Figure 4 shows the frequency of strong US tornadoes from 1954 to 2014, according to the National Oceanographic and Atmospheric Administration (NOAA). They claim,

“The bar charts below indicate there has been little trend in the frequency of the stronger tornadoes over the past 55 years.”

The graph clearly shows that severe tornadoes were higher in the period from 1954 to 1975 when global temperatures were going down. After 1980, the world warmed, but the number of severe tornadoes declined.

In a note prefacing an article titled “Captains’logs yield clues to past climates and hurricanes.” Anthony Watts wrote,

“What I find most interesting is the ‘Surge in the frequency’ of storms in cold periods.”

If the “hockey stick” is correct the surge of storms in cold periods could not occur. But, Lamb and Douglas showed varying temperatures, exemplified in Figure 7c, but also varying storm frequencies and intensities. The probability of massive storms is reduced if the temperature is essentially unchanging over the Medieval Warm Period (MWP) and the Little Ice Age (LIA). The problem is many storms occurred as one inventory identified.

In Historic Storms of the North Sea, British Isles and Northwest Europe (henceforth ‘Historic Storms’), Lamb and Frydendahl (1991) provide synoptic reconstructions alongside detailed descriptions of the major storms crossing the region since the year 1509. Storm events were selected for inclusion based on either the severity of the wind damage or historical significance, and were reconstructed by collating a variety of information.

As an example, there was the well-documented storm that destroyed the Spanish Armada in 1588. Lamb and Douglas produced daily weather maps for a three-month period of 1588 including isobars based on ships records, and observations in Western Europe, such as the journals kept by astronomer Tycho Brahe. The storm winds consistently blew in favour of the English fleet and against the Spanish. A favourite phrase after the Armada defeat said, “Jehovah blew with His winds, and they were scattered”, others called it a Divine Wind.

Another well-recorded storm began on November 26, 1703 ¹, and was also considered divine. The Church of England blamed God’s vengeance for a sinful nation. Social activist and author of Robinson Crusoe, Daniel Defoe, said it was God’s retribution for the poor performance of the Protestant British Army against the Catholic Spanish Army. Defoe travelled around parts of England to see the effects of the storm. He also invited people to send him personal reports that he used as the basis for his book, The Storm, published in 1704 (Figure 5).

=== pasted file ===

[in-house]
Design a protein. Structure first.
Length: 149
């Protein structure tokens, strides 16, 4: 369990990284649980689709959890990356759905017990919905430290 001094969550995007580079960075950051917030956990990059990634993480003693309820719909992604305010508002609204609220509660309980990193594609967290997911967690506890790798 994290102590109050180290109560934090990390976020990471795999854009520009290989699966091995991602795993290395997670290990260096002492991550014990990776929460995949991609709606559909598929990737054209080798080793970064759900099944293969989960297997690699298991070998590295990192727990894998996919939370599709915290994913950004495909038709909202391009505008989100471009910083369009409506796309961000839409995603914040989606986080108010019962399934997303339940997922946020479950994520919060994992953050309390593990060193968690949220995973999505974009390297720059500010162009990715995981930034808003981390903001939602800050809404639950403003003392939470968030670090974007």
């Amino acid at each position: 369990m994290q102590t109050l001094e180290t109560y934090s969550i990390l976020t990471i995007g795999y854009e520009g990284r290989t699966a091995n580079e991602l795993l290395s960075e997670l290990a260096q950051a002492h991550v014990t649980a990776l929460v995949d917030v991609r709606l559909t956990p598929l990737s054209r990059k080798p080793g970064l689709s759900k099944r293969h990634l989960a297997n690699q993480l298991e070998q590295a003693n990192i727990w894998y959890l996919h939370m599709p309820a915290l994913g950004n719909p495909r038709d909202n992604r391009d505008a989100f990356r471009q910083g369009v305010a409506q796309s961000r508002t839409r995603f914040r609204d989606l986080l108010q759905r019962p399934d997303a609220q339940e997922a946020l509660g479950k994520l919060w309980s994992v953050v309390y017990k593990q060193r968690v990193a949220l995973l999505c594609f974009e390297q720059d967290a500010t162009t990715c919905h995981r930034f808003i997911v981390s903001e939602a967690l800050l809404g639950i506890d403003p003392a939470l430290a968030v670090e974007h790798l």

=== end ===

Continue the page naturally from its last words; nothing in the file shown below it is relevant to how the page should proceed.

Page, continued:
¹Calendar corrections mean historical research requires knowledge of the changes 
to compare them to the current calendar. In this case you add 11 days so the storm 
occurred on 7 December in today’s calendar.

Figure 5


The IPCC make major claims about the impact of global warming to increase the threat and scare the public to advance their political agenda. None of it bears investigation, scientific or otherwise! Storminess is not currently increasing. Their theory of future increased storminess contradicts the physics of the formation mechanism. There are countless other storms in the period covered by the shaft of the “hockey stick”, many with greater intensity than those of 1588 and 1703. By creating the “hockey stick” and other devices to support their hypothesis that it is warmer now than ever, and weather more severe, and going to get worse, they had to eliminate or ignore all the historic evidence. As my Grandmother used to say, “Their sins will find them out.”